[Marta Harnecker, author of Rebuilding the Left, argues that once again, an attack by the opposition has resulted in a very positive event for the Bolivarian process: a new social actor, full of force, of ideals, has entered into the political sphere. To read the original Spanish version of the article click here. --Ed]
Venezuela: Blows and Counterblows
By Marta Harnecker - Abiven
Wednesday, July 04, 2007
1. The failure of the military coup in April 2002 (more than 80% of the generals in operational positions remained faithful to Chavez and the constitution) constituted the first great defeat of the opposition and a real gift to Chavez. These new circumstances allowed for the different actors to become unmasked and the people to acquire a much higher level of political understanding (both within the military ranks and within the civilian cadres, it was now known who could be counted on and who could not be counted on). It created a favorable playing field in which to move forward with cleaning out the military institution. It divided the opposition. It reminded an ever increasing number of the middle classes, who were previously against the process, of the anarchy which would result from the marginalization of Chavez.
2. The frustrated attempt to bring the country to a halt on December 2, 2002, was the second great defeat of the opposition. They could not stop the country. Chavez did not bow to their pressure. But most importantly, the petroleum industry came to be truly under the control of the Venezuelan state. This was the second great gift from the opposition. Due to their subversive and saboteur attitudes, around 18,000 upper and middle-level managers who opposed the government – and who actually exercised control of the company – created the conditions in which they could be legally dismissed.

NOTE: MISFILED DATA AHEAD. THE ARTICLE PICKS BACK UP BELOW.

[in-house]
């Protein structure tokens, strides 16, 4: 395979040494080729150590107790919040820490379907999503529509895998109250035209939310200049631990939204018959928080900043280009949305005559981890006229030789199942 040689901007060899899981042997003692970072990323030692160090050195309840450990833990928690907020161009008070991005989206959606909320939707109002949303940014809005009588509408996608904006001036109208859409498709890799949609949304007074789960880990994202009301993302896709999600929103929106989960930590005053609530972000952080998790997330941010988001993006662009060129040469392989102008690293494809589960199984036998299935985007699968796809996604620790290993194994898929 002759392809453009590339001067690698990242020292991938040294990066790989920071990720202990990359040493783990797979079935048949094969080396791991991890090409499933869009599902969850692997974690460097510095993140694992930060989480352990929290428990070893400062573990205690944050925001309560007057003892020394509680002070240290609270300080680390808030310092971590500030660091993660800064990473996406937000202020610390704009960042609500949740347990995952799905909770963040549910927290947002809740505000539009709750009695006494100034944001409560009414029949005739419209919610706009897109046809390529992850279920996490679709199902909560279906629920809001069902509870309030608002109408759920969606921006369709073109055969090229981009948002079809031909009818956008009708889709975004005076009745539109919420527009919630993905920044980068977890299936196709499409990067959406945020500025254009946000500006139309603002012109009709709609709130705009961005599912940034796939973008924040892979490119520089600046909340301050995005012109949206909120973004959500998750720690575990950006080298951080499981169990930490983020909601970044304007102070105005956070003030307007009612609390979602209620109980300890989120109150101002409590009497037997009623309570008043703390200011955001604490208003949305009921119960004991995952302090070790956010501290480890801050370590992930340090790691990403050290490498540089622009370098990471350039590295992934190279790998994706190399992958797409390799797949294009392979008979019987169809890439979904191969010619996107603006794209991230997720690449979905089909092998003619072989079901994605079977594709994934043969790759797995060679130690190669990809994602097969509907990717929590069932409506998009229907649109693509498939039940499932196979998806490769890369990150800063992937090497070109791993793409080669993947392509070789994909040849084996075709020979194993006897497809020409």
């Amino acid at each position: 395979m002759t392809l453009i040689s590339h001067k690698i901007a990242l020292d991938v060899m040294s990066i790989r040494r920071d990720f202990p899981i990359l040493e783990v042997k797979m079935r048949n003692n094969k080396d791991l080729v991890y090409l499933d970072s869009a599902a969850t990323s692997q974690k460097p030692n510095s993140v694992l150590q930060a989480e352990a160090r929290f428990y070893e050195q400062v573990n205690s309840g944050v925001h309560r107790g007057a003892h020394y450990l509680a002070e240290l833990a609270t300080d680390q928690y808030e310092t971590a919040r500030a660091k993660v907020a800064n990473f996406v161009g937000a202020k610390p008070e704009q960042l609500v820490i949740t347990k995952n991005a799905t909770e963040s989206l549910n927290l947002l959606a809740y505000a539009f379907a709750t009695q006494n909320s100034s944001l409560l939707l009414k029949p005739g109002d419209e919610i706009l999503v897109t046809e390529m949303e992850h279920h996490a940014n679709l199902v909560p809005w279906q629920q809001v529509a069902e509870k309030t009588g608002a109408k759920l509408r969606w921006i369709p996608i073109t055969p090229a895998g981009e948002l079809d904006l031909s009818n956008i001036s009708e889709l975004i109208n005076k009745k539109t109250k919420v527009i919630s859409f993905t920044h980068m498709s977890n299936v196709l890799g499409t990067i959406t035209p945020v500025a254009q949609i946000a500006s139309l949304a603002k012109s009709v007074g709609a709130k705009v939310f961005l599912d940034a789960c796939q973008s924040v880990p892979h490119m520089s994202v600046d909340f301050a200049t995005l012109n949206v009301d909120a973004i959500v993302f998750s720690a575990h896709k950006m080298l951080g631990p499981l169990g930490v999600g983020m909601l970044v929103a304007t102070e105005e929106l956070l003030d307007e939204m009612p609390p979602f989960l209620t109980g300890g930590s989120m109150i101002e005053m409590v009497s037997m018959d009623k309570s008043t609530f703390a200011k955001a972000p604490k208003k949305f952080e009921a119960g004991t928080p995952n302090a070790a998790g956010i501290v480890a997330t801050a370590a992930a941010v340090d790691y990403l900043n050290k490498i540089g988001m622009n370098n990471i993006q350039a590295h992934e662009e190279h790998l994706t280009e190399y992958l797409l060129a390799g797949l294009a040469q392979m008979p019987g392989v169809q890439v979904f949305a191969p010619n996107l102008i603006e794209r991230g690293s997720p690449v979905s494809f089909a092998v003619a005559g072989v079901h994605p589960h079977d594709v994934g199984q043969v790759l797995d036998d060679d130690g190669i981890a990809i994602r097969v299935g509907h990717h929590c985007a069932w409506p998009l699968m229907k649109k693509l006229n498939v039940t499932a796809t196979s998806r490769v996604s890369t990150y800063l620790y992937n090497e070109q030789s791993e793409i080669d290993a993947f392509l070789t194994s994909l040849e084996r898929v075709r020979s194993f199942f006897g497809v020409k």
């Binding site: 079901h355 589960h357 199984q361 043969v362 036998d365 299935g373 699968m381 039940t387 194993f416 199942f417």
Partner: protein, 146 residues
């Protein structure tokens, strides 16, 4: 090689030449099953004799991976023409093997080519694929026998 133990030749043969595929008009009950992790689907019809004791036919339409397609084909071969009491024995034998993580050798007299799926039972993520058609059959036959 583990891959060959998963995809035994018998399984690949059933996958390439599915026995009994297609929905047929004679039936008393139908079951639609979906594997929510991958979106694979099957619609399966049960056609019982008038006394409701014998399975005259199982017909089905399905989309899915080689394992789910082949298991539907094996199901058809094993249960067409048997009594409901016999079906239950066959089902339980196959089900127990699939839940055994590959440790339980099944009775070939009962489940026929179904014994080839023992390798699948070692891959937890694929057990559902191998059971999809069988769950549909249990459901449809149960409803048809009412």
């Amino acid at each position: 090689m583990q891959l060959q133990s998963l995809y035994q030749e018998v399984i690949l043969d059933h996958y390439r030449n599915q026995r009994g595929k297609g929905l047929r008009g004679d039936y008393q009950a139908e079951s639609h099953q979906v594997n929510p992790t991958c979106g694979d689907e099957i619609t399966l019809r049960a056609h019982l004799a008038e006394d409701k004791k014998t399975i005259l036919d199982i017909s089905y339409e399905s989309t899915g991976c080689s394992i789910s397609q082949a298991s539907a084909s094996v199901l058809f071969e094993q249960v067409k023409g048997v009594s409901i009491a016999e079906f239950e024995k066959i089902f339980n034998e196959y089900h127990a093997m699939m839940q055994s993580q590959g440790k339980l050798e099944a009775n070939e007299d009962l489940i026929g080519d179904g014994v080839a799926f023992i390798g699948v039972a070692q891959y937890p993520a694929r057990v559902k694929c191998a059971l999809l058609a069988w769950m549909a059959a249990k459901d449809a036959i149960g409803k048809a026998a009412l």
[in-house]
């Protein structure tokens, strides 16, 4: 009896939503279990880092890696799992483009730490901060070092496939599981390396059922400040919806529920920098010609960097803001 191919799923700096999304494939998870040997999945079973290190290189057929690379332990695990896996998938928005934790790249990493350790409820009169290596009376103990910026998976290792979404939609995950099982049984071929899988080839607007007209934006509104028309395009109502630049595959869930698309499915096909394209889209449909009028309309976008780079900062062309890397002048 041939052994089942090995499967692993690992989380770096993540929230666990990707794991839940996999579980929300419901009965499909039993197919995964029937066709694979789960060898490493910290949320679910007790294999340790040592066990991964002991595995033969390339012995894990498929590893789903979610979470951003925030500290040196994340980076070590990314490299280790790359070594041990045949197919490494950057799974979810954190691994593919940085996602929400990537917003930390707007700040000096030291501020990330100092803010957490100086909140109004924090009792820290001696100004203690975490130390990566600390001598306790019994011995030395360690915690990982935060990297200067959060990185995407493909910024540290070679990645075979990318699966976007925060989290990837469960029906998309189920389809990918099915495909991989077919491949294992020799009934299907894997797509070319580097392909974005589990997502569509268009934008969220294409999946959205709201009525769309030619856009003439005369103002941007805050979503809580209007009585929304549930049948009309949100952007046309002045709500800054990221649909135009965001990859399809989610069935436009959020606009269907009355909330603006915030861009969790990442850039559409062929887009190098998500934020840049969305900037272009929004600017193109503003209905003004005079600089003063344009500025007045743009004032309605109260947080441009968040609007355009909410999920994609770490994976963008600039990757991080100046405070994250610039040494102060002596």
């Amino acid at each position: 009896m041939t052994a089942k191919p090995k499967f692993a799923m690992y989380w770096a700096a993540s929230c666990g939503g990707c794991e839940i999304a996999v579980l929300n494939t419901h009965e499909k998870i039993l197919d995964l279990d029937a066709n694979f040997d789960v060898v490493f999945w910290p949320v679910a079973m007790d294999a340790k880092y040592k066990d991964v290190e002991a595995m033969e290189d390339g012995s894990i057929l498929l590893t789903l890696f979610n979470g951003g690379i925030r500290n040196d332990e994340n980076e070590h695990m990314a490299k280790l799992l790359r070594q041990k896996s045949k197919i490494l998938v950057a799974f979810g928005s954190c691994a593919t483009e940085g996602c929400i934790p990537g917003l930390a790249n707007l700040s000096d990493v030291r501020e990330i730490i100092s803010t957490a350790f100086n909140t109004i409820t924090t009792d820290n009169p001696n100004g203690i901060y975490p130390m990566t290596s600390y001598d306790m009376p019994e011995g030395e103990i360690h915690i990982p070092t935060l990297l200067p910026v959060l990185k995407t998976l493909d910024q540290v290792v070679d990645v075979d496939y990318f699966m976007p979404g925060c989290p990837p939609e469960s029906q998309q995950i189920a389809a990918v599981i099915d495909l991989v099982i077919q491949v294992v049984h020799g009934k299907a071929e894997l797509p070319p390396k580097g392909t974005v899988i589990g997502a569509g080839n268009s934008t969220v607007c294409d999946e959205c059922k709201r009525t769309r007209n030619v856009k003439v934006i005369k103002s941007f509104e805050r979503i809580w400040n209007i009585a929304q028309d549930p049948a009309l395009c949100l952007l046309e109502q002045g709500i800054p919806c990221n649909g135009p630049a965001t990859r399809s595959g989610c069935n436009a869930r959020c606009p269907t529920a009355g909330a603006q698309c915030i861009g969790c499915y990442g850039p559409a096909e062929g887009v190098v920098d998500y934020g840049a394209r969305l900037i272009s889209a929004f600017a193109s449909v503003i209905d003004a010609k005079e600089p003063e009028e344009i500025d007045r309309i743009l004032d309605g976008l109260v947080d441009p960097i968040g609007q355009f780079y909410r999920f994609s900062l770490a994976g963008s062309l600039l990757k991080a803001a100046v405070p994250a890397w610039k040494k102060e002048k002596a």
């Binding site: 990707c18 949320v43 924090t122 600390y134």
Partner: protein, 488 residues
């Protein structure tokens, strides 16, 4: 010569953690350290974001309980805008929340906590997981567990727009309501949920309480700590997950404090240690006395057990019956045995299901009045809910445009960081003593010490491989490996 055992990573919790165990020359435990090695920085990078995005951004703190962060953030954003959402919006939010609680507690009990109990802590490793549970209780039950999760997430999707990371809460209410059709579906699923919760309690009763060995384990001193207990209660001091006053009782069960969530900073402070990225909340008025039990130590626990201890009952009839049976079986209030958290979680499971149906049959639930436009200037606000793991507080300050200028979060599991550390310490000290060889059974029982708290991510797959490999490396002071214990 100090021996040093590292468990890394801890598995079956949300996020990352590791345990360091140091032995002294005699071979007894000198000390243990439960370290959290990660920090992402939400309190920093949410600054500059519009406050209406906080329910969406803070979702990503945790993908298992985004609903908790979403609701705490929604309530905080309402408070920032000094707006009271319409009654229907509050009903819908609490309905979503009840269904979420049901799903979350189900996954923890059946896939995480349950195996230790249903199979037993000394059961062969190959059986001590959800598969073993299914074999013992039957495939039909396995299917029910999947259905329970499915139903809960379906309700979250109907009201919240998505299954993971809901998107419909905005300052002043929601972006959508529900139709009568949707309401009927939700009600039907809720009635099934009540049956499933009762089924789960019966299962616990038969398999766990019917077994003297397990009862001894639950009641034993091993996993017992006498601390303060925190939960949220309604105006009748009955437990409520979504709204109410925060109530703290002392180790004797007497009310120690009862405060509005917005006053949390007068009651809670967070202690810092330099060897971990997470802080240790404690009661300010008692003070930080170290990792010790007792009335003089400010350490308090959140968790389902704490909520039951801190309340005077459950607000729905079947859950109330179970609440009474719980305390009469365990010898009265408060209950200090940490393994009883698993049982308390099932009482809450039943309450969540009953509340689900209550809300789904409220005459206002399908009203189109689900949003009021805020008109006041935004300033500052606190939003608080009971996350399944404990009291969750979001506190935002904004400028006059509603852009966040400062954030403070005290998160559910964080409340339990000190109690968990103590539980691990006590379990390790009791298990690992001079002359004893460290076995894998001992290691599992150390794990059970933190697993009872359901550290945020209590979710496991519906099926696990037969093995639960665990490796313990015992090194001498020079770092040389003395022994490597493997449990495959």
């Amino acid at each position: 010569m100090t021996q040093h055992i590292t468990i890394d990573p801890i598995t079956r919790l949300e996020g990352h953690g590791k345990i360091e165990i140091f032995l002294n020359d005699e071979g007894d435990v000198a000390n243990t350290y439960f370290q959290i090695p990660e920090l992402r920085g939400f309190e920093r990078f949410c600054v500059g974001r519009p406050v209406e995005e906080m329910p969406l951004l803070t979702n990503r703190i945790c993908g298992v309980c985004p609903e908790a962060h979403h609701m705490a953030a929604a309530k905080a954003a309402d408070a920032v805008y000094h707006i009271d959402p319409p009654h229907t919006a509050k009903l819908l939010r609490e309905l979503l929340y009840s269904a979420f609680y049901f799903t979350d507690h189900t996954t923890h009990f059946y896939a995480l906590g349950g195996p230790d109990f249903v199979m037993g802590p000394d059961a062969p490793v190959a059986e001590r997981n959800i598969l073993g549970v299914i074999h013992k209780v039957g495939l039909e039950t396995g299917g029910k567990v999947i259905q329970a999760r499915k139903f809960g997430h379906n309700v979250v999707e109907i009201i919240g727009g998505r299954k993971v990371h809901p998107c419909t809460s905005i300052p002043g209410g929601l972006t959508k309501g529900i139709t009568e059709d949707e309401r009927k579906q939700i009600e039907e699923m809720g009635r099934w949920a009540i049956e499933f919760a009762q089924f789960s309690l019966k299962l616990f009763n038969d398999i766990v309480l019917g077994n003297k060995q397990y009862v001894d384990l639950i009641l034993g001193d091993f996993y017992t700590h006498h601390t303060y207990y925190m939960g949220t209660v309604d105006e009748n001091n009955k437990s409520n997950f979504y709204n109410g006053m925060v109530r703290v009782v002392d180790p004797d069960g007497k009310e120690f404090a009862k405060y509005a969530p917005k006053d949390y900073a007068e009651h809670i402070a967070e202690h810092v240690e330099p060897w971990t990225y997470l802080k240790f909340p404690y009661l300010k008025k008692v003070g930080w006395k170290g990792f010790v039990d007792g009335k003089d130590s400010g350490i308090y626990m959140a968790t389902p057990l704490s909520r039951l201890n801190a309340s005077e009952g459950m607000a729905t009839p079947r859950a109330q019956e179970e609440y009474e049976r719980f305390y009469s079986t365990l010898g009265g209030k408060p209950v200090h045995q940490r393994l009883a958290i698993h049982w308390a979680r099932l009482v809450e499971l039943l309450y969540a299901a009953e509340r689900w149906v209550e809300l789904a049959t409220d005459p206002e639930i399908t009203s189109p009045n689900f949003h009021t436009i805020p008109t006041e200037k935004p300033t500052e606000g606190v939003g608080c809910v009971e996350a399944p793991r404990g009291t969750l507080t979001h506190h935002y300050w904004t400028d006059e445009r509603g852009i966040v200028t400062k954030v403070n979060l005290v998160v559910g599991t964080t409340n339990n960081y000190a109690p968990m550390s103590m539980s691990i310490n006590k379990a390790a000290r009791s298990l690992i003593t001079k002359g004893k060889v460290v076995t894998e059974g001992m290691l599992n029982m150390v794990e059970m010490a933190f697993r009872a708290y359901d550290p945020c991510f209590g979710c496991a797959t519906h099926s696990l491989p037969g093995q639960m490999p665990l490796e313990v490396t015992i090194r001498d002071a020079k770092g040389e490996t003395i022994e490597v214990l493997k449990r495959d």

3. The ratification of President Chávez’s mandate in the recall referendum of August 15, 2004 – a never-before seen process in world history – was the third great defeat that the Venezuelan opposition suffered in attempting to end the government of President Chávez. The triumph, by an enormous amount of votes, and under the attentive gaze of hundreds of international observers, who unanimously ratified the results, was the third gift from the opposition.
4. It constituted, as one of the observers, well-known Uruguayan writer Eduardo Galeano, put it, “an injection of optimism in this world where democracy has lost so much prestige” due to the fact that it has been unable to resolve the problem of poverty.
5. This was not the victory of a single man, but rather of a humanist and solidarity-based project for the country, as much in the national as in the international arena; of a project for the country which had emerged as an alternative to the voracious and predatory neoliberal model: a model of endogenous development and social economy.
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